Texas Wind Energy: Separating the Facts from the Hype
One of the most exciting forms of renewable energy that shows the most promise is wind energy. Derived from wind turbines, wind energy generates electricity without the need for fossil fuels and the consumption of water, and produces no emissions during the process. This significant environmental benefit makes wind energy one of the most promising and fastest developing forms of renewable energy today.
At the forefront of wind energy development is the state of Texas, known for its oil and natural gas production facilities, but now leads the nation in the production of wind energy. The state can generate Texas electricity using wind energy with a capacity that is three times as much as Iowa, the second highest wind energy-producing state, and would rank sixth after the United States, China, Germany, Spain and India if Texas was considered a separate nation.
The Renewable Portfolio Standard signed into law in 1999 by then governor George W. Bush set Texas on the road towards renewable energy and a leader in wind energy, producing over 8,200 megawatts of wind-generated Texas electricity. According to ERCOT or the Electric Reliability Council of Texas, wind energy accounted for 6.2 percent of the state’s 2009 Texas electricity production.
The Facts and the Hype
Texas commitment to renewable sources of energy have generated hype from all levels: claims of the state exceeding all expectations regarding wind energy generation, generation of over 15,000 more jobs, and over billion in investments – the biggest “economic boon to the state” according to President Barack Obama himself.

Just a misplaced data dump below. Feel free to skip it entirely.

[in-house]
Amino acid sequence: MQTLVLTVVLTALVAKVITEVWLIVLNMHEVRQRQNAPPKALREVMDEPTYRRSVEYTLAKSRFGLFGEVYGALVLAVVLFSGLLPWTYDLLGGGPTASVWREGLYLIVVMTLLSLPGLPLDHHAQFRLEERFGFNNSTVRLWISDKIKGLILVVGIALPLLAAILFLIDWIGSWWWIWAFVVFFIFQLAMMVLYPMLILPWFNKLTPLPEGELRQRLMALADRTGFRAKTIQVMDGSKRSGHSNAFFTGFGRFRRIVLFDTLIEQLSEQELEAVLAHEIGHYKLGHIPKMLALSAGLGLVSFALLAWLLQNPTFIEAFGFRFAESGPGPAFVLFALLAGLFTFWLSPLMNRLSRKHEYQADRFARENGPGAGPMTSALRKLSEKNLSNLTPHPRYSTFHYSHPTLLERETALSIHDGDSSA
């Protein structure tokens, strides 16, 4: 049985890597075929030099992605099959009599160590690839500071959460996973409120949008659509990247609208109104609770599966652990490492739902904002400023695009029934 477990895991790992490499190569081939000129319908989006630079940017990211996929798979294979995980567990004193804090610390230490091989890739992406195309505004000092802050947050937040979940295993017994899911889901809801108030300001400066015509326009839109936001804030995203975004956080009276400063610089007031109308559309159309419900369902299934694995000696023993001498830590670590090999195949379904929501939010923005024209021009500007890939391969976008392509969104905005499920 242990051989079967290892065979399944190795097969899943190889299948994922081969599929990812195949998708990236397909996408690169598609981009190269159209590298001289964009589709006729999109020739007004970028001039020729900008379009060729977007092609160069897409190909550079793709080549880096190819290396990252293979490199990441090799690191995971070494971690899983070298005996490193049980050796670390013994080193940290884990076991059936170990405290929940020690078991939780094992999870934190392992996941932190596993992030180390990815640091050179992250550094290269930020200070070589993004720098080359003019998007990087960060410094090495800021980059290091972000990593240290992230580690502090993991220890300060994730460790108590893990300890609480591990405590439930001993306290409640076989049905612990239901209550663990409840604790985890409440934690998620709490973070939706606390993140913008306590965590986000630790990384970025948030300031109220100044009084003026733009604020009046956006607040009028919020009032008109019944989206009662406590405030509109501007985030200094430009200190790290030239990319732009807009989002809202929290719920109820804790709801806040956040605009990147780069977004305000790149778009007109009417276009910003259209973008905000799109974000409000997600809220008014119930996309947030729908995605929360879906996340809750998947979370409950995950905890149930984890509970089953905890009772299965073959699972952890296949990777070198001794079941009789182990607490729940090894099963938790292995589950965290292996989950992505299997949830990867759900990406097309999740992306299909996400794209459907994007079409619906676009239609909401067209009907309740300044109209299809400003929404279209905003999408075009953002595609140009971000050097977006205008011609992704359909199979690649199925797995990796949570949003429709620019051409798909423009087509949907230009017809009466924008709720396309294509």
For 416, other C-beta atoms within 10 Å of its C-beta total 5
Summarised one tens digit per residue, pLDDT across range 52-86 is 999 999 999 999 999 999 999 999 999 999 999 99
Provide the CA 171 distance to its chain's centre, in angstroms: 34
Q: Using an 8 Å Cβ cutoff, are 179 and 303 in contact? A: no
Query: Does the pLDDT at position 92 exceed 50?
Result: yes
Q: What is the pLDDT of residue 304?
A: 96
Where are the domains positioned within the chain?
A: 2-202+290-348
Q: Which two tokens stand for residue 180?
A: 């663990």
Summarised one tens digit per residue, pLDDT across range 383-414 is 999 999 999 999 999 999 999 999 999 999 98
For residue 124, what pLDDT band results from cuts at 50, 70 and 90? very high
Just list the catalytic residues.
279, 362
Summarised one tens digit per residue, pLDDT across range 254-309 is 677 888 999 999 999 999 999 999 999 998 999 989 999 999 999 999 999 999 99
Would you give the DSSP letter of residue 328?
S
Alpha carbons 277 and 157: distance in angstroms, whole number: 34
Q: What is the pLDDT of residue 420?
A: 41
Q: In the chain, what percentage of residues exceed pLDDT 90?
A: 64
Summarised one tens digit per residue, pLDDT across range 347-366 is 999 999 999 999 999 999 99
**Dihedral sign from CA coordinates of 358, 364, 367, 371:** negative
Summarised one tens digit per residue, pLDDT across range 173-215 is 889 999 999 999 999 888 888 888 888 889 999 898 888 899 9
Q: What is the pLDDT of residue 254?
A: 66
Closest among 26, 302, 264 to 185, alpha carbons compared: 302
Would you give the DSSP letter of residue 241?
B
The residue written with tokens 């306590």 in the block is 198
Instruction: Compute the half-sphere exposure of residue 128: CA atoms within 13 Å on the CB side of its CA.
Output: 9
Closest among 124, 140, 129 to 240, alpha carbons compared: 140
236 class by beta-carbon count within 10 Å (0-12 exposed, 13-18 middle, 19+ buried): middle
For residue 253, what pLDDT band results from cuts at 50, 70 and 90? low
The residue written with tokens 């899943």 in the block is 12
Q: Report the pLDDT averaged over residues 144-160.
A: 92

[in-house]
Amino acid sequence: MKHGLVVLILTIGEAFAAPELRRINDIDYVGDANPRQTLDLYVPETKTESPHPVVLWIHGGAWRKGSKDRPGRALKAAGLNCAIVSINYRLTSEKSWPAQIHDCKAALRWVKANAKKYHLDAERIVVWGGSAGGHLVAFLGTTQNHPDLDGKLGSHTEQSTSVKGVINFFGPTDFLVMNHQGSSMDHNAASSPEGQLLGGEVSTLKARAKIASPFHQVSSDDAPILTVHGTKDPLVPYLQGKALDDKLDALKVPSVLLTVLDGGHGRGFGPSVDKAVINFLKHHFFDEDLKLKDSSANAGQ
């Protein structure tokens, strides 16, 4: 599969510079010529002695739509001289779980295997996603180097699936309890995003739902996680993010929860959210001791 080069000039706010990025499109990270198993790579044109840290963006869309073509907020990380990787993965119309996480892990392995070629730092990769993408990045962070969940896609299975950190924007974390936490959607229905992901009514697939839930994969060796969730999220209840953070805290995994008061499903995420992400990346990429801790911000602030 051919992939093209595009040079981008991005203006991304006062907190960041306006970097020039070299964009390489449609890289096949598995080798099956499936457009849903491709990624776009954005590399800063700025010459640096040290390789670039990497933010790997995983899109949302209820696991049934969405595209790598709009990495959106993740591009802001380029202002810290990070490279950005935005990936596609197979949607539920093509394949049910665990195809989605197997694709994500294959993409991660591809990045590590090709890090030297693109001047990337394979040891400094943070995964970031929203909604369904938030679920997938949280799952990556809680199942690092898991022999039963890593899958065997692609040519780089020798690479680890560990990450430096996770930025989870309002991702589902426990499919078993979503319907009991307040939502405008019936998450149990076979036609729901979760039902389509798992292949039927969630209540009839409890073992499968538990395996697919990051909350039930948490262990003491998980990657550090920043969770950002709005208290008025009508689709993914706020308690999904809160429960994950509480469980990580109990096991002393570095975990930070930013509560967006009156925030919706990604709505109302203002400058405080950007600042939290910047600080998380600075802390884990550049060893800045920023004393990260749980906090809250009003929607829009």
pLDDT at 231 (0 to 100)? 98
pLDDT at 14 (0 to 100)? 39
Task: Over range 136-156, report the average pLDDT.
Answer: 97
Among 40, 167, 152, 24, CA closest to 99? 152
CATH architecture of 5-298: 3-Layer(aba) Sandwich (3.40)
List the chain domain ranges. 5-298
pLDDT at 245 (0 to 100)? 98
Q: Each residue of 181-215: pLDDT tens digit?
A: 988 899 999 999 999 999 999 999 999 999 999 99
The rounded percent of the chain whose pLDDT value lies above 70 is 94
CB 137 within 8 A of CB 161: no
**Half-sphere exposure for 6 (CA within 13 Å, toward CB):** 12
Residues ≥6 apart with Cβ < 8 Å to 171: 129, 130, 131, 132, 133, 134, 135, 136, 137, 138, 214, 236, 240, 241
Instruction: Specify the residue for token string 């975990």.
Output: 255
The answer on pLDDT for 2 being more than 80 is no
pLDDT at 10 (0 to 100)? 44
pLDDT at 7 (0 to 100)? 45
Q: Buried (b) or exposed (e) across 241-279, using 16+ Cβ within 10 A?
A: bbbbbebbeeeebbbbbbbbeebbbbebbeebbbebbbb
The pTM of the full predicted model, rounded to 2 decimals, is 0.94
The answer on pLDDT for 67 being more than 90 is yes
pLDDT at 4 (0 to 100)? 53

However, actual figures from ERCOT, the state’s grid operator, indicated that only 708 megawatts of this total wind energy capacity is reliable, particularly during the summer where Texas electricity demands are at their peak. To compensate, conventional energy generation is still utilized to sustain the more than 72,648 megawatt demands during the summer months. ERCOT projects that wind energy will eventually have significant impact on the grid by the year 2014, after transmission constraints have all been addressed.
Status and Direction of Wind Energy in Texas
Recent figures have indicated a very promising outlook for the wind energy industry as 12.1 percent of the state’s total Texas electricity production by April of this year. Texas continues to have the largest wind farms and highest wind capacity nationwide, despite the problems and issues the industry faced.
Plans of building the largest wind farm in the world was discontinued due to constraints imposed by the lack of transmission lines that will bring Texas electricity from the various wind farms across the state and into the major cities that require this energy. To address this, the state is allocating over billion in investments to lay out a concrete transmission plan.
Most of Texas wind power farms are located in West Texas and the Panhandle. Now, there are not enough transmission lines that will bring the generated Texas Electricity from these locations and down to the big metropolitan areas such as Dallas-Fort Worth where consumption is the highest. Once these hurdles are addressed and an efficient means of transmission are in place, the state and surrounding areas will definitely benefit from this viable source of renewable energy.